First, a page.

A better understanding of language
Published in 2005 in the journal Nature, a neurophysiological study based on functional magnetic resonance imaging (fMRI) and led by Pr Manuel Carreiras showed, among other things, that whistled speech activates the brain regions traditionally associated with language in experienced speakers of the whistled Spanish from the Canary Islands, but not in beginners. However, this finding needs to be tempered: "a study I published jointly with Laure Dentel and Fanny Meunier in the journal Frontiers in Psychology in January this year showed that people who had never heard whistled speech and who listened to whistled Spanish vowels for the first time managed to identify them without prior training. Another surprising result was that the Spaniards identified the vowels more accurately than the French, who in turn were better than the Chinese participants, whose vowels differ more from those of Spanish," Meyer points out.
These findings could be due to our "perceptive flexibility," or the ability to identify linguistic units in new pronunciations such as regional accents or different registers of speech. Such flexibility is essential not only for the development of language in children but also when learning a second language or trying to understand a pronunciation. It could also explain why we are all able to learn whistled speech, which has been confirmed by recent initiatives aimed at reviving this form of communication in the Canary Islands.
Even more surprisingly, a behavioral psycholinguistic study published in the journal Current Biology in 2015 by Pr Güntürkün and colleagues showed that the understanding of whistled syllables (pa, ba, ta, da, ka, ga) equally engaged the left and right hemispheres of Turkish whistlers in Kusköy (literally, the village of birds), whereas the same syllables in their spoken form mainly involved their left hemisphere. Could the predominance of the left hemisphere usually observed in language comprehension be challenged by whistled speech? In any case, this result shows that cerebral networks easily adapt to the characteristics of acoustic signals.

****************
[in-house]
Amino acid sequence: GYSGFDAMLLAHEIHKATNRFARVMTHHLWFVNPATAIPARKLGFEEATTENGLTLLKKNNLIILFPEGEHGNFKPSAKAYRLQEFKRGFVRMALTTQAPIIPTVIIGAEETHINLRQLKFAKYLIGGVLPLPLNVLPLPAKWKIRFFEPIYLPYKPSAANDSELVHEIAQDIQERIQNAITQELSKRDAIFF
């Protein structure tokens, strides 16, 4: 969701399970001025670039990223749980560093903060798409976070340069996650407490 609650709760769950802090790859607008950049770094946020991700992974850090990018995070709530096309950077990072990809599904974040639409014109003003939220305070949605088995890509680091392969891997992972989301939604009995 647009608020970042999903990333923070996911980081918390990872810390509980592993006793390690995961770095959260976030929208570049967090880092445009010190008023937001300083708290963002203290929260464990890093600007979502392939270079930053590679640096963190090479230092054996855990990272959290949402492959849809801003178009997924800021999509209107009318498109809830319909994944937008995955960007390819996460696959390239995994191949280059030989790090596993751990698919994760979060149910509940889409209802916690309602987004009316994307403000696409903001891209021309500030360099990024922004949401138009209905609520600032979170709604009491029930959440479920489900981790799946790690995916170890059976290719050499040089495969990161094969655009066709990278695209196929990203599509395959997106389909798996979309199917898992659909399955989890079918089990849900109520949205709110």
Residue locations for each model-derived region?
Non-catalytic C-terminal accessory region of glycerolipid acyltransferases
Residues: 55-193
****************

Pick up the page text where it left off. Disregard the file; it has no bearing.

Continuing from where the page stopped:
Spanish sentence whistled by Lino Rodriguez, expert in Silbo Gomero (the whistled speech of the island of La Gomera, in the Canaries).
Translation: "Throughout the world, some people speak by whistling."
Like the Wayãpi Indians in French Guiana and Brazil, Berber shepherds in Morocco have long known how to exploit these characteristics to use whistled speech. It can even become a secret, rebel language to outsiders, such as the one described by J. M. G. Le Clézio, 2008 Nobel Prize in Literature, in his novel Désert, published in 1980 and featuring two shepherds talking to each other in Berber whistled speech. However, these languages are under threat from the development of urban life. As a result, they are slowly disappearing, along with the possibilities of improving current understanding of language through the phonetics of whistled speech and their perception by the brain.
Online: an animation containing examples of conversations in whistled Greek with a Greek and English translation, available on the website of The World Whistles Research Association.
The analysis, views and opinions expressed in this section are those of the authors and do not necessarily reflect the position or policies of the CNRS.